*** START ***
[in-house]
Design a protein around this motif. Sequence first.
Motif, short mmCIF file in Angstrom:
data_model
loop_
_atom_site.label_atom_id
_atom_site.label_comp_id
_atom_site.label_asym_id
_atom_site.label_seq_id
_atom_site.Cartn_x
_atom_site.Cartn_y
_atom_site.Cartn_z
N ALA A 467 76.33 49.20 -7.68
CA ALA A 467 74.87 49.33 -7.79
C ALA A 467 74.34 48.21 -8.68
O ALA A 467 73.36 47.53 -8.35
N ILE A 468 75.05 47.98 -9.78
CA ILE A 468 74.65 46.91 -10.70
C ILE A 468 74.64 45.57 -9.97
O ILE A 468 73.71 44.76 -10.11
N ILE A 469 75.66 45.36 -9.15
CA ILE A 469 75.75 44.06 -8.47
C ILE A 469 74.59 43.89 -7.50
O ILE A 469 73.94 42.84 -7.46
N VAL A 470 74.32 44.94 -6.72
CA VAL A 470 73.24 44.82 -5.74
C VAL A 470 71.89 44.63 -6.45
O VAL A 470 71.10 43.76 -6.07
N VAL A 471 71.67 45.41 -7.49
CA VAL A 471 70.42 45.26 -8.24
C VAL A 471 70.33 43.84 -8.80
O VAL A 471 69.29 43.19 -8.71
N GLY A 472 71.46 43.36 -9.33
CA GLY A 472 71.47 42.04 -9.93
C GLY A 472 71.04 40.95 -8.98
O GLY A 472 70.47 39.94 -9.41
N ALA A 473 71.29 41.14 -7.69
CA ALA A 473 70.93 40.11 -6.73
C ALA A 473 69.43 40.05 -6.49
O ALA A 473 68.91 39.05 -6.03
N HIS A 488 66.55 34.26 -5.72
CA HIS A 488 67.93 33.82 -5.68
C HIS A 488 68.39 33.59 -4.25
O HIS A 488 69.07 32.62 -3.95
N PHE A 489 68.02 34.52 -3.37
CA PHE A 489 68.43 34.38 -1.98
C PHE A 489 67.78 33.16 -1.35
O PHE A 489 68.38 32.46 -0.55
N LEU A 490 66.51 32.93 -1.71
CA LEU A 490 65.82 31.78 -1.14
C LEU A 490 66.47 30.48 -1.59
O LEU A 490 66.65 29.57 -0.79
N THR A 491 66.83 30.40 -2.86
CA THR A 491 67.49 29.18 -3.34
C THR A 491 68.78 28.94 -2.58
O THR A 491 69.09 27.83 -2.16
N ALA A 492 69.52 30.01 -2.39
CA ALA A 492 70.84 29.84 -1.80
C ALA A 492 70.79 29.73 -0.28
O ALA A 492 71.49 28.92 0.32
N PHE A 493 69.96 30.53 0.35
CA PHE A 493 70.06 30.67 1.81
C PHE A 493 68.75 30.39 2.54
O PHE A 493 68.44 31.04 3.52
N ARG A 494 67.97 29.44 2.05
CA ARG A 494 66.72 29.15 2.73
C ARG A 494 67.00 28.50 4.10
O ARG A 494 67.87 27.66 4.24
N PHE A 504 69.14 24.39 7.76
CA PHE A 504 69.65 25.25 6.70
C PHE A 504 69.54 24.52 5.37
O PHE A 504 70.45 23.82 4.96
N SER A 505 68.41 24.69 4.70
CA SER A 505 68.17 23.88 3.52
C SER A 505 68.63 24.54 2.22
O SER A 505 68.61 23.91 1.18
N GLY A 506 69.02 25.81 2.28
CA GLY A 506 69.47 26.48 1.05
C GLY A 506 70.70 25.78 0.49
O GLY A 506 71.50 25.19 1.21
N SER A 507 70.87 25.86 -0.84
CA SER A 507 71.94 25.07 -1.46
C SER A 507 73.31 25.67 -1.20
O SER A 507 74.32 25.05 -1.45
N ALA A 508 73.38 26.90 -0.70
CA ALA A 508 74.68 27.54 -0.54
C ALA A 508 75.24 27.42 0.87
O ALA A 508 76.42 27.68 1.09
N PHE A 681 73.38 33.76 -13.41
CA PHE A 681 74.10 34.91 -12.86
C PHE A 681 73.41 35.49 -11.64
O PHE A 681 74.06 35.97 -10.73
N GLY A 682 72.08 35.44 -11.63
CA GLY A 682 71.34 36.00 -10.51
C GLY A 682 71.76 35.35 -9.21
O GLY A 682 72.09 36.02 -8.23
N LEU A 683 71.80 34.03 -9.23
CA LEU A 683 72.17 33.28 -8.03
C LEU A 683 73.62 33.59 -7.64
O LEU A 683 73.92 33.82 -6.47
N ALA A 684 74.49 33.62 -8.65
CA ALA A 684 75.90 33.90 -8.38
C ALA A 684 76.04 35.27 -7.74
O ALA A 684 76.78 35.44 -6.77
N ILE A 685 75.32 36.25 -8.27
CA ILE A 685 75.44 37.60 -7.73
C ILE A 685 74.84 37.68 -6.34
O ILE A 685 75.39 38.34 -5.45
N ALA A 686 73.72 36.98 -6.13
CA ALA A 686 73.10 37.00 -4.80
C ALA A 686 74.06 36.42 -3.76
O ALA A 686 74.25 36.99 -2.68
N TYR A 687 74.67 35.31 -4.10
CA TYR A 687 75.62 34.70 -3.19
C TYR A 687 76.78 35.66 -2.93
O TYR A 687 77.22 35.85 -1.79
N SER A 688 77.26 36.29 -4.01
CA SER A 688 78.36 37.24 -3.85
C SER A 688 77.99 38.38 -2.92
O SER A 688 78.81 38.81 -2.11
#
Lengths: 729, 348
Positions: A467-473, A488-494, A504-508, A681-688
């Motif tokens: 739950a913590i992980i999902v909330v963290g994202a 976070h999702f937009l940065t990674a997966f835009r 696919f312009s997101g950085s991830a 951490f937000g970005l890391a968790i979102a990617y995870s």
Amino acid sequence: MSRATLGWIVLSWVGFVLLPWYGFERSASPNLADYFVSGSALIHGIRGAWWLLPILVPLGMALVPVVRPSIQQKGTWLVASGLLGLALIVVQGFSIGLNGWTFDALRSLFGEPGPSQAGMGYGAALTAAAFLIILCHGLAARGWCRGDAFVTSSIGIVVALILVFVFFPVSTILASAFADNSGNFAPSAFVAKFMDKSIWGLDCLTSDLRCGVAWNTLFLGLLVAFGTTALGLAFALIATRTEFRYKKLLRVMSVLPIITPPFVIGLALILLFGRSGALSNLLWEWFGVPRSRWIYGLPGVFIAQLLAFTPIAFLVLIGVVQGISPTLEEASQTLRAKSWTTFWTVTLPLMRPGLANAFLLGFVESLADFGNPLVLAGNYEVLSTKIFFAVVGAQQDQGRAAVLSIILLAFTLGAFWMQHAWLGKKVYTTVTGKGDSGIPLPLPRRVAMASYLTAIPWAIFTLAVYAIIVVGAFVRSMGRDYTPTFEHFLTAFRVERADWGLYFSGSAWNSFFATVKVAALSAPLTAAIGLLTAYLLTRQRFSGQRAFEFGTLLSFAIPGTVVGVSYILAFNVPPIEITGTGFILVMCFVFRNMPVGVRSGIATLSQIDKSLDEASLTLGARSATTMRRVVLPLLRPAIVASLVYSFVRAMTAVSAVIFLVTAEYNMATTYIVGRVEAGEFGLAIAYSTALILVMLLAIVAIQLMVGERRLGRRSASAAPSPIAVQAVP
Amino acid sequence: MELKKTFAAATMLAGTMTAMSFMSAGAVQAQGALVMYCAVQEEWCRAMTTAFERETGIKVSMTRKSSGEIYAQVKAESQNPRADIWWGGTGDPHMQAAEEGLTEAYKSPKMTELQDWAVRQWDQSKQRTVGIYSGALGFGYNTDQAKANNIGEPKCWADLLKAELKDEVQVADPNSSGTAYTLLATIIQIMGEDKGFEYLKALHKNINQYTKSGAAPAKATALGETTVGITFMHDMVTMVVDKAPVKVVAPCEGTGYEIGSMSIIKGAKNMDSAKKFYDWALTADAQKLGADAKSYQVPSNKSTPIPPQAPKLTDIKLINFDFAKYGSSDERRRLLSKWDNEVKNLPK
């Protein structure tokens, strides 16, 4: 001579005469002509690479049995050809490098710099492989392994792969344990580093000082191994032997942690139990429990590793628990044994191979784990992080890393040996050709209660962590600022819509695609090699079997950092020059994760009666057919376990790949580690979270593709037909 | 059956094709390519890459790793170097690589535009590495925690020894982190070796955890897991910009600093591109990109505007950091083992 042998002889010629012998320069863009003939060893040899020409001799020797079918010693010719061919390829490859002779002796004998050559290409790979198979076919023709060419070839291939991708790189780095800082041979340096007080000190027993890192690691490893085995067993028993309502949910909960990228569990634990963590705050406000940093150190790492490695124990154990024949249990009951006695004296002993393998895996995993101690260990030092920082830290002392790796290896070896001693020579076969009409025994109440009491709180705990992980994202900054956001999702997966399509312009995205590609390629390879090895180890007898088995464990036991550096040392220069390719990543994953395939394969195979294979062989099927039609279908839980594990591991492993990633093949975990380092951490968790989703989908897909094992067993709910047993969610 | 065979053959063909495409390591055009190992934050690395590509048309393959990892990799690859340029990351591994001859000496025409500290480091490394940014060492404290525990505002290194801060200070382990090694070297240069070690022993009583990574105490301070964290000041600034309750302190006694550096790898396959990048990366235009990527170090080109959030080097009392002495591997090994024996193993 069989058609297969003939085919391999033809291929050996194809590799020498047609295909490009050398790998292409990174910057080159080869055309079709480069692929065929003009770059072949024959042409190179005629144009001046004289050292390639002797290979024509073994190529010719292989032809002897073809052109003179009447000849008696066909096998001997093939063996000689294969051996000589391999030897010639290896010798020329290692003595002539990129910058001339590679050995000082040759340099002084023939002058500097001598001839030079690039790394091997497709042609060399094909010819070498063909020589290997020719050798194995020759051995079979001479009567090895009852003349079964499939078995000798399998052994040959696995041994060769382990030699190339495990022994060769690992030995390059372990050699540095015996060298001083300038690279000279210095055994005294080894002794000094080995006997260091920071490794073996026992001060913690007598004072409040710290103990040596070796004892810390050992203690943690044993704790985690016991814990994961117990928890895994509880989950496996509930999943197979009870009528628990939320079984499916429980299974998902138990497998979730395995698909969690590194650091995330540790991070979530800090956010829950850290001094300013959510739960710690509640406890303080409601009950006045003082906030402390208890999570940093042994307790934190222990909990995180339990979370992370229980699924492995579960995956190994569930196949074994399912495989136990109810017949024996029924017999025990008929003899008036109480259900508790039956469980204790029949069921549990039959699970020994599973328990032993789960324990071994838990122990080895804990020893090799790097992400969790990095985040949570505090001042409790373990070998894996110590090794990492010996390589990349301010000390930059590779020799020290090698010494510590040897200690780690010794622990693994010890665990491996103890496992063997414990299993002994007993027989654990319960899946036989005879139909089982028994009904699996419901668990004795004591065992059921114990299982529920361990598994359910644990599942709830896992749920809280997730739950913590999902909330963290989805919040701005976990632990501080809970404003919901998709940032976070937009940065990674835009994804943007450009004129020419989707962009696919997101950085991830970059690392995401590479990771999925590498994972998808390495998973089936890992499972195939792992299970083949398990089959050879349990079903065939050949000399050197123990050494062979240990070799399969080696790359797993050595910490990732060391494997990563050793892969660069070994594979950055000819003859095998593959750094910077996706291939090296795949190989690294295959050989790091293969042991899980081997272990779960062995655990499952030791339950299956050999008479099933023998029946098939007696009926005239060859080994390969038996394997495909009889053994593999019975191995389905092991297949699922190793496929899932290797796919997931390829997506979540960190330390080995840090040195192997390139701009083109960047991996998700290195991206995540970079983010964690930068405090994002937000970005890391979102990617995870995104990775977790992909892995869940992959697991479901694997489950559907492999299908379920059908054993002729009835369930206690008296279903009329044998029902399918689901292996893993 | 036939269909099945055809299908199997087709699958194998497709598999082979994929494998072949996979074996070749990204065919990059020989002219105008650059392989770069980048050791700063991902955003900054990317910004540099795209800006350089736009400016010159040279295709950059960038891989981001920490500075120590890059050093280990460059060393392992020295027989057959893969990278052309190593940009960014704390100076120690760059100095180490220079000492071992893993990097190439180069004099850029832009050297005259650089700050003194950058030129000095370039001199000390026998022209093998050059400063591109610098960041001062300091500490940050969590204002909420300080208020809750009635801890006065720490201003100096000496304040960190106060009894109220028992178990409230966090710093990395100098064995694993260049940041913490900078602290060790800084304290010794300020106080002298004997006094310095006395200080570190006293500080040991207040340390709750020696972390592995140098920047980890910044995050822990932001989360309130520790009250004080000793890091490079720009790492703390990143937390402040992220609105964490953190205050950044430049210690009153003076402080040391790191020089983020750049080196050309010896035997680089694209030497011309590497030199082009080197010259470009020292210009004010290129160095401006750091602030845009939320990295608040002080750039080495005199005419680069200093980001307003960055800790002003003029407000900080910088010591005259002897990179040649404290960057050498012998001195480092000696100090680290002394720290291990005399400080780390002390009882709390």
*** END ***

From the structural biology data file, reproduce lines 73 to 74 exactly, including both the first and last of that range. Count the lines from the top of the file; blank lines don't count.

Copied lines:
N SER A 505 68.41 24.69 4.70
CA SER A 505 68.17 23.88 3.52